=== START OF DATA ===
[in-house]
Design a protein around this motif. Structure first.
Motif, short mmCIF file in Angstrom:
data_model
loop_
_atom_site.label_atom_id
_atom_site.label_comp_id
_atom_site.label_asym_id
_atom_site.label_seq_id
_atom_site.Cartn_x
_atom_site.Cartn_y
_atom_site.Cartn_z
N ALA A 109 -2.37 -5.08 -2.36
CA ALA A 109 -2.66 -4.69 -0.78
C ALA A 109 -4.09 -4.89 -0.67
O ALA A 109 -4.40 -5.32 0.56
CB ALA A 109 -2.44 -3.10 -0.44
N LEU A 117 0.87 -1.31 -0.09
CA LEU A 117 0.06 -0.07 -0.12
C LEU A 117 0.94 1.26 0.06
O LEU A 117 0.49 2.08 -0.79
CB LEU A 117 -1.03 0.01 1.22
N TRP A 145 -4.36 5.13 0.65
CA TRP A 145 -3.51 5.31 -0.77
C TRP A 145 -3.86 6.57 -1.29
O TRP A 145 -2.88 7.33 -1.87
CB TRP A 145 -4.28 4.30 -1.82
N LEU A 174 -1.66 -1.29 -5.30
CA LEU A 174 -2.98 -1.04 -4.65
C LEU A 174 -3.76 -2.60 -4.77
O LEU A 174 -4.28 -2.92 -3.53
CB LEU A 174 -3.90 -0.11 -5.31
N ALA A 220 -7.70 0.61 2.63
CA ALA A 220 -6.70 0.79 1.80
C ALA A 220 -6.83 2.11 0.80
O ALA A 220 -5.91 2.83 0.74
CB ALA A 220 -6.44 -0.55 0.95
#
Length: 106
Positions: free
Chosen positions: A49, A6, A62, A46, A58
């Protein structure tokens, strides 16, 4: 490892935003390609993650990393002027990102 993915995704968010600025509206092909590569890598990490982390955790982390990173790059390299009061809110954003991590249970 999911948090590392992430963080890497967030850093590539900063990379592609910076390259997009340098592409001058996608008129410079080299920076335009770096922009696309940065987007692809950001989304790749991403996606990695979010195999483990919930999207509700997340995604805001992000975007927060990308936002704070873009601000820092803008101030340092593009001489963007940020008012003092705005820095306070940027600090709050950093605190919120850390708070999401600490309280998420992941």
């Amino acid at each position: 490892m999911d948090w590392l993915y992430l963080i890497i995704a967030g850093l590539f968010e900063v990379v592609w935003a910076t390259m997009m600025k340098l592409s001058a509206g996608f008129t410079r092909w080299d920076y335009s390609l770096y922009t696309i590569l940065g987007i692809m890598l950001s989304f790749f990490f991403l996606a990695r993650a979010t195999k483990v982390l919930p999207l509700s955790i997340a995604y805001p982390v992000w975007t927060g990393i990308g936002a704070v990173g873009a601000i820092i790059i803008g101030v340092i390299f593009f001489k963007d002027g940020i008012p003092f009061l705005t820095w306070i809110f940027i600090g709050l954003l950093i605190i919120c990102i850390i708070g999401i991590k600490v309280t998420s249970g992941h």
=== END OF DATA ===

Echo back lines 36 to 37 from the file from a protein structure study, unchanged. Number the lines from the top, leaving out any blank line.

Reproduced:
O ALA A 220 -5.91 2.83 0.74
CB ALA A 220 -6.44 -0.55 0.95